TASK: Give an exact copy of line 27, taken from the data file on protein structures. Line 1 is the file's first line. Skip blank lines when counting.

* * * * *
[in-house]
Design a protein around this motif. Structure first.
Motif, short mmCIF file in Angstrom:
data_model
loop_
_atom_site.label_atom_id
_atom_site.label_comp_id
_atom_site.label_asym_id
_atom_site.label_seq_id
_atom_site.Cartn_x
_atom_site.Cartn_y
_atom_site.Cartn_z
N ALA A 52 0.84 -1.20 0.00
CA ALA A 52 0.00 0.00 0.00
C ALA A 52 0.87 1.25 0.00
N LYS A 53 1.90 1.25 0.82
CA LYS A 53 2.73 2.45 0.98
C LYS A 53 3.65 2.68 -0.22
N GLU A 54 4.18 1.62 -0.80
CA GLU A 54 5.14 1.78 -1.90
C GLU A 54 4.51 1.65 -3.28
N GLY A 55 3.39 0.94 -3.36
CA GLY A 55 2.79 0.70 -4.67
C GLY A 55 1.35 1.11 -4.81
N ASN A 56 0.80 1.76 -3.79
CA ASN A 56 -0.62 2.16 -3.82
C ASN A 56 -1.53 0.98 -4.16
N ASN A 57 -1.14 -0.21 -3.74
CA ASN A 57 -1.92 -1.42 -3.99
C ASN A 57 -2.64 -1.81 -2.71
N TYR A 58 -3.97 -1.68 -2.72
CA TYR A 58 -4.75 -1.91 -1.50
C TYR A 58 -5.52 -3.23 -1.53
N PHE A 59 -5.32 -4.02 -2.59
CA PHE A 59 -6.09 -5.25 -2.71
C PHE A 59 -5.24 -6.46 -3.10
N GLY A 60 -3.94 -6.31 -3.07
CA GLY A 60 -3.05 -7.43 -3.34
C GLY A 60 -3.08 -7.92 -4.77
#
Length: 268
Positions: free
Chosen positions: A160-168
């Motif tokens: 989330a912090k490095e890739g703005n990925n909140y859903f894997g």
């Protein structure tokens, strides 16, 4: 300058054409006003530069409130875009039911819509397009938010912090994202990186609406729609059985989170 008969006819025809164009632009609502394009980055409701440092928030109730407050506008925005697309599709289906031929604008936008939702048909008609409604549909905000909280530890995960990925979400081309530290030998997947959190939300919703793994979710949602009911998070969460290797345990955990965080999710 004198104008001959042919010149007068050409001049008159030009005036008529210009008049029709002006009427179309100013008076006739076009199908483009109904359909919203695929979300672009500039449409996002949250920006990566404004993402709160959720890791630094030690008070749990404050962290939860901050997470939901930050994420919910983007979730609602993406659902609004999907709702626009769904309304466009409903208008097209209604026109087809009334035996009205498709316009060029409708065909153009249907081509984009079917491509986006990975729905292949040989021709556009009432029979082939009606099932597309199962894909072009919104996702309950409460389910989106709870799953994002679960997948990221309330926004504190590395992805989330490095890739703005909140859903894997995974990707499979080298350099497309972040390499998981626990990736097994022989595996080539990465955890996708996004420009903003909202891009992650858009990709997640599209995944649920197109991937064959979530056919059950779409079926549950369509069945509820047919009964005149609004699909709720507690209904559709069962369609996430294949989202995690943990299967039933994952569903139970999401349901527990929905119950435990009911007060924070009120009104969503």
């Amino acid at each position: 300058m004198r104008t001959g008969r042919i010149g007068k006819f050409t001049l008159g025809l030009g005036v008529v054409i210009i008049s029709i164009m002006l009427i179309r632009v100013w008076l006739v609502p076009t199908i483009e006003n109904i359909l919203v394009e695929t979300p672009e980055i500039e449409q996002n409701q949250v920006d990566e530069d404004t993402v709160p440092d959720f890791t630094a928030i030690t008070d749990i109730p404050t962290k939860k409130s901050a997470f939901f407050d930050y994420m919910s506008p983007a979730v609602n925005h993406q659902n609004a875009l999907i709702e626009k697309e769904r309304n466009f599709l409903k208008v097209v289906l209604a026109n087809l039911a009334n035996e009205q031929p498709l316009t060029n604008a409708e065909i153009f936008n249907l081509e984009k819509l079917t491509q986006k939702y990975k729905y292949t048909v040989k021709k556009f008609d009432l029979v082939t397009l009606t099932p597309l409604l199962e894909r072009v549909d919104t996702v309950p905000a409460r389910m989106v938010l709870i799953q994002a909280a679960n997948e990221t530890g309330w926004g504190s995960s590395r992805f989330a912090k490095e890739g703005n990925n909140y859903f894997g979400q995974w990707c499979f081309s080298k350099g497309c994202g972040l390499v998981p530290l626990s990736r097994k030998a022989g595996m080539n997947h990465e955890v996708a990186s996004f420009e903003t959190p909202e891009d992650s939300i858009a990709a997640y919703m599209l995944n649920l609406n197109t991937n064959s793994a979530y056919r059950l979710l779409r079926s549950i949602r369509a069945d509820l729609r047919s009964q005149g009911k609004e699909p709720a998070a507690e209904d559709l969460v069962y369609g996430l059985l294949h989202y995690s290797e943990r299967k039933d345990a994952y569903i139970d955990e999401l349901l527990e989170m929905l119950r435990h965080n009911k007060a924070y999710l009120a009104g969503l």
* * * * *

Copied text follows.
C ASN A 56 -1.53 0.98 -4.16